AI Sports Nutrition Micronized Creatine Review — Why So Cheap?

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AI Sports Nutrition is based in North Canton, Ohio, and they sell a pretty wide variety of products from basic whey protein powder to some pretty unusual products like sports probiotics and growth hormone support.

We’ve tried out their greens powder, but we wanted to take a look at their creatine.

Shop AI Sports Creatine HERE.

AI Sports Nutrition Micronized Creatine Ingredients

There’s just one ingredient here: micronized creatine. Interestingly, the packaging doesn’t specify whether or not it’s creatine monohydrate, but AI Sports Nutrition did answer a question on Amazon to say that it is monohydrate.

AI Sports Micronized Creatine Ingredients

AI Sports Nutrition Micronized Creatine Benefits & Effectiveness

Creatine is a nitrogenous acid that’s naturally found in meat. When taken as a supplement — usually as creatine monohydrate — there’s strong evidence that it can improve muscle size, power, and endurance, plus it may have some neurological benefits. (These benefits are most marked among vegetarians and vegans who have consume zero creatine from other sources.)

AI Sports Nutrition’s creatine is micronized, which means it’s fluffier in texture and disperses more easily in water when compared to your regular, plain creatine monohydrate. There are no additives, so it’s free from artificial sweeteners, flavors, and colors, but it also doesn’t have any extra ingredients like carbohydrates or BCAAs, which some people like in their creatine.

Other than the micronization and the lack of artificial ingredients the main thing to note is that this product doesn’t have any certifications in its labeling. There’s no indication that it’s certified as free from gluten or other allergens — so people with extremely sensitive allergies may be wary — and it hasn’t been certified GMP (Good Manufacturing Practices) or certified free from banned substances by a third party tester like Informed Choice.

AI Sports Micronized Creatine Review

People without allergies and who aren’t competing may not be concerned by this but if you do compete, this may not reach the level of quality control to which you may be accustomed.

AI Sports Nutrition Micronized Price

You can pick up 300 grams — about 60 servings — for around $8. That’s 13 cents per serving of 2.6 cents per gram of creatine.

As a product that typically retails for between 3 and 6 cents per gram, AI Sports Nutrition has one of the cheapest creatines I’ve ever seen.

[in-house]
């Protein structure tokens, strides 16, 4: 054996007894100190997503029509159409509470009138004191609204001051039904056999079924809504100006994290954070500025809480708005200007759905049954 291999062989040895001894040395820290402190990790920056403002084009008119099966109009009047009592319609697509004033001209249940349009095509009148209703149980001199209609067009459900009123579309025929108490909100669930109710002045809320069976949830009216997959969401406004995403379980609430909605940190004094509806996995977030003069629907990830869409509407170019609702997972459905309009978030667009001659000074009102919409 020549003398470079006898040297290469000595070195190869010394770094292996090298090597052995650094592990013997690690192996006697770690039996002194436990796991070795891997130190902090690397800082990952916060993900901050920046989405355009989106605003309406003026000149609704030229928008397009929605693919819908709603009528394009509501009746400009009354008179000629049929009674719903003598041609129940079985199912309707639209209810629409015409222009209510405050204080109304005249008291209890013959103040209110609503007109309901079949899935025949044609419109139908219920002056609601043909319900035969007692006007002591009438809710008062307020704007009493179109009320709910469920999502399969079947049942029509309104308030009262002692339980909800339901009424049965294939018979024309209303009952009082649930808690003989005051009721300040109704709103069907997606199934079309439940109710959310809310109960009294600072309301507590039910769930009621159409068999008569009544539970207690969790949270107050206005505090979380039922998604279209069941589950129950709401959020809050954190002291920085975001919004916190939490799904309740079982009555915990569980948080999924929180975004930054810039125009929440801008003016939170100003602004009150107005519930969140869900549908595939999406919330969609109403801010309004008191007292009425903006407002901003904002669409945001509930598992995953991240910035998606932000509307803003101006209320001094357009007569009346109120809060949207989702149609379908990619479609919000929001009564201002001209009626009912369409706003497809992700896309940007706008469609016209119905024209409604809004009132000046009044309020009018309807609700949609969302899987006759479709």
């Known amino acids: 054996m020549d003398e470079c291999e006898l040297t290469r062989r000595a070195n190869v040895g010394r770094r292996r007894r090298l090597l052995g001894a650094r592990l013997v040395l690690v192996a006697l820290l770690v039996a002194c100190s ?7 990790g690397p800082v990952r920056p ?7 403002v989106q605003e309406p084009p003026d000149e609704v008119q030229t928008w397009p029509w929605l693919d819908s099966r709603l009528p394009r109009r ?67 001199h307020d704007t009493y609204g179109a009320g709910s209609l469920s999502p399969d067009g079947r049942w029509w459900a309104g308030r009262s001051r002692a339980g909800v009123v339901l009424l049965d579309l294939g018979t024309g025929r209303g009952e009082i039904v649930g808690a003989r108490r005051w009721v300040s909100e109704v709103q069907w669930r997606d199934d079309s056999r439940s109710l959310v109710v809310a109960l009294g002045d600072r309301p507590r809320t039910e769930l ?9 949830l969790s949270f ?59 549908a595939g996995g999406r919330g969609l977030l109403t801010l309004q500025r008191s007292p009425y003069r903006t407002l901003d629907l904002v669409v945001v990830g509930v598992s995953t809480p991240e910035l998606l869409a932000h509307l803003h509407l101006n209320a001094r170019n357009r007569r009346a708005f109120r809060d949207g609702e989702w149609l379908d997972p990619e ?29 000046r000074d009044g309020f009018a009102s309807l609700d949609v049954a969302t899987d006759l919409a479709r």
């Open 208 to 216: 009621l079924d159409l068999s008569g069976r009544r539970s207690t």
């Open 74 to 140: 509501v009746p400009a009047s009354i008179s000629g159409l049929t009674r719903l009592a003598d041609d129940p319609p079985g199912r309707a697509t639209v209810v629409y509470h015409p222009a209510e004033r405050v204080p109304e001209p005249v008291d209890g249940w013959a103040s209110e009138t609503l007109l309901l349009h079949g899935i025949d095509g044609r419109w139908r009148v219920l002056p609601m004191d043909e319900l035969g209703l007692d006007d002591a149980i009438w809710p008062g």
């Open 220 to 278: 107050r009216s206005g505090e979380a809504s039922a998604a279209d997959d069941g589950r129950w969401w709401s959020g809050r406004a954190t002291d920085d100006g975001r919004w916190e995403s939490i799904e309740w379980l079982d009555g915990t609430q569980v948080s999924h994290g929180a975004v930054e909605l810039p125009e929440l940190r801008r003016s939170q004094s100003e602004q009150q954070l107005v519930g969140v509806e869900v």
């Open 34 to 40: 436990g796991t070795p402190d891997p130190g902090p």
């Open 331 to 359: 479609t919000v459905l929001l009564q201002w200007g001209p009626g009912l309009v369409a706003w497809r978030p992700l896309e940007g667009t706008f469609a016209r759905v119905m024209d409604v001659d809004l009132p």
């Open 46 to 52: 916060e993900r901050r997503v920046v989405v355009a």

The Takeaway

By no means am I saying that AI Sports Nutrition’s lack of certifications means that it’s an impure product. However, some athletes may be wary of consuming a product that has no third party testing for banned substances or allergens. But if that isn’t important to you, this is one of the cheapest and most straightforward creatines available.

AI Sports Nutrition Micronized Creatine

Per Serving: $0.13








  • Very inexpensive
  • No artificial ingredients
  • Micronized


  • Not third party tested for banned substances
  • Not certified GMP
  • No information on allergens
Nick English

Nick English

Nick is a content producer and journalist with over seven years’ experience reporting on four continents. His first articles about health were on a cholera outbreak in rural Kenya while he was reporting for a French humanitarian organization. His next writing job was covering the nightlife scene in Shanghai. He’s written on a lot of things.

After Shanghai, he went on to produce a radio documentary about bodybuilding in Australia before finishing his Master’s degrees in Journalism and International Relations and heading to New York City. Here, he’s been writing on health full time for more than five years for outlets like BarBend, Men's Health, VICE, and Popular Science.

No fan of writing in the third person, Nick’s passion for health stems from an interest in self improvement: How do we reach our potential?

Questions like these took him through a lot of different areas of health and fitness like gymnastics, vegetarianism, kettlebell training, fasting, CrossFit, Paleo, and so on, until he realized (or decided) that strength training fit best with the ideas of continuous, measurable self improvement.

At BarBend his writing focuses a little more on nutrition and long-form content with a heaping dose of strength training. His underlying belief is in the middle path: you don’t have to count every calorie and complete every workout in order to benefit from a healthy lifestyle and a stronger body. Plus, big traps are cool.

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